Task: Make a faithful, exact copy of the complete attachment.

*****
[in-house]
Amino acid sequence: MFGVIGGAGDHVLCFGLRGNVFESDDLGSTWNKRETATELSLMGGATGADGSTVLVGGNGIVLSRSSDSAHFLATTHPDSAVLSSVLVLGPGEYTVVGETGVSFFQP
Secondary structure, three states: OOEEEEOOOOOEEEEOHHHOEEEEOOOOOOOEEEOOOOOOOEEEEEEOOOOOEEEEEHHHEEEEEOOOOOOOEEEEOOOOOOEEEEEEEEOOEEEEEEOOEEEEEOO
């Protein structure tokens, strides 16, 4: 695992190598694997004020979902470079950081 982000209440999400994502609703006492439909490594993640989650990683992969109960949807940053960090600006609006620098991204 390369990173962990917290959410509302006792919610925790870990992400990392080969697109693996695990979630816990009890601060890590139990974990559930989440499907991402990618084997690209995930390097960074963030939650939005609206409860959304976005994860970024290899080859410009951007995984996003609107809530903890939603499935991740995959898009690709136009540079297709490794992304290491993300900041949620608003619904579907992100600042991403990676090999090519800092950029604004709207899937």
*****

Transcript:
[in-house]
Amino acid sequence: MFGVIGGAGDHVLCFGLRGNVFESDDLGSTWNKRETATELSLMGGATGADGSTVLVGGNGIVLSRSSDSAHFLATTHPDSAVLSSVLVLGPGEYTVVGETGVSFFQP
Secondary structure, three states: OOEEEEOOOOOEEEEOHHHOEEEEOOOOOOOEEEOOOOOOOEEEEEEOOOOOEEEEEHHHEEEEEOOOOOOOEEEEOOOOOOEEEEEEEEOOEEEEEEOOEEEEEOO
């Protein structure tokens, strides 16, 4: 695992190598694997004020979902470079950081 982000209440999400994502609703006492439909490594993640989650990683992969109960949807940053960090600006609006620098991204 390369990173962990917290959410509302006792919610925790870990992400990392080969697109693996695990979630816990009890601060890590139990974990559930989440499907991402990618084997690209995930390097960074963030939650939005609206409860959304976005994860970024290899080859410009951007995984996003609107809530903890939603499935991740995959898009690709136009540079297709490794992304290491993300900041949620608003619904579907992100600042991403990676090999090519800092950029604004709207899937």